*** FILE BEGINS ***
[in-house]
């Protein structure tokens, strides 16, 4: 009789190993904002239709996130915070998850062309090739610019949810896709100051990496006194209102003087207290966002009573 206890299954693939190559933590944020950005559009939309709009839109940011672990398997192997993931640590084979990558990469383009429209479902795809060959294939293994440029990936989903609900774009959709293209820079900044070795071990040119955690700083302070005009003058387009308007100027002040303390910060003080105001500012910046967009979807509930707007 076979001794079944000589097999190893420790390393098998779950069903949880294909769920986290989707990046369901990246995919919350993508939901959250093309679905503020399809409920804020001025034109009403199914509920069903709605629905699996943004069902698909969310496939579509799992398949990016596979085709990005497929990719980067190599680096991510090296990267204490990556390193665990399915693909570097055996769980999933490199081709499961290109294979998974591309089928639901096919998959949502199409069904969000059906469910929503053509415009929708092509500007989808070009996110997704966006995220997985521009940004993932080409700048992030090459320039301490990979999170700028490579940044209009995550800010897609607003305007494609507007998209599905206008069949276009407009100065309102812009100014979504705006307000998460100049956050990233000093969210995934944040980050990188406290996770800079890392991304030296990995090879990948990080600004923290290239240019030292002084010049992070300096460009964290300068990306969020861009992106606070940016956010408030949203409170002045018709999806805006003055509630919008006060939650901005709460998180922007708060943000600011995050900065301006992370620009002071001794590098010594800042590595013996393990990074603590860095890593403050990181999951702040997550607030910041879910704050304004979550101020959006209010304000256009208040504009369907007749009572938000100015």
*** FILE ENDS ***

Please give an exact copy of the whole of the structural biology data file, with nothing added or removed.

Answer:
[in-house]
């Protein structure tokens, strides 16, 4: 009789190993904002239709996130915070998850062309090739610019949810896709100051990496006194209102003087207290966002009573 206890299954693939190559933590944020950005559009939309709009839109940011672990398997192997993931640590084979990558990469383009429209479902795809060959294939293994440029990936989903609900774009959709293209820079900044070795071990040119955690700083302070005009003058387009308007100027002040303390910060003080105001500012910046967009979807509930707007 076979001794079944000589097999190893420790390393098998779950069903949880294909769920986290989707990046369901990246995919919350993508939901959250093309679905503020399809409920804020001025034109009403199914509920069903709605629905699996943004069902698909969310496939579509799992398949990016596979085709990005497929990719980067190599680096991510090296990267204490990556390193665990399915693909570097055996769980999933490199081709499961290109294979998974591309089928639901096919998959949502199409069904969000059906469910929503053509415009929708092509500007989808070009996110997704966006995220997985521009940004993932080409700048992030090459320039301490990979999170700028490579940044209009995550800010897609607003305007494609507007998209599905206008069949276009407009100065309102812009100014979504705006307000998460100049956050990233000093969210995934944040980050990188406290996770800079890392991304030296990995090879990948990080600004923290290239240019030292002084010049992070300096460009964290300068990306969020861009992106606070940016956010408030949203409170002045018709999806805006003055509630919008006060939650901005709460998180922007708060943000600011995050900065301006992370620009002071001794590098010594800042590595013996393990990074603590860095890593403050990181999951702040997550607030910041879910704050304004979550101020959006209010304000256009208040504009369907007749009572938000100015």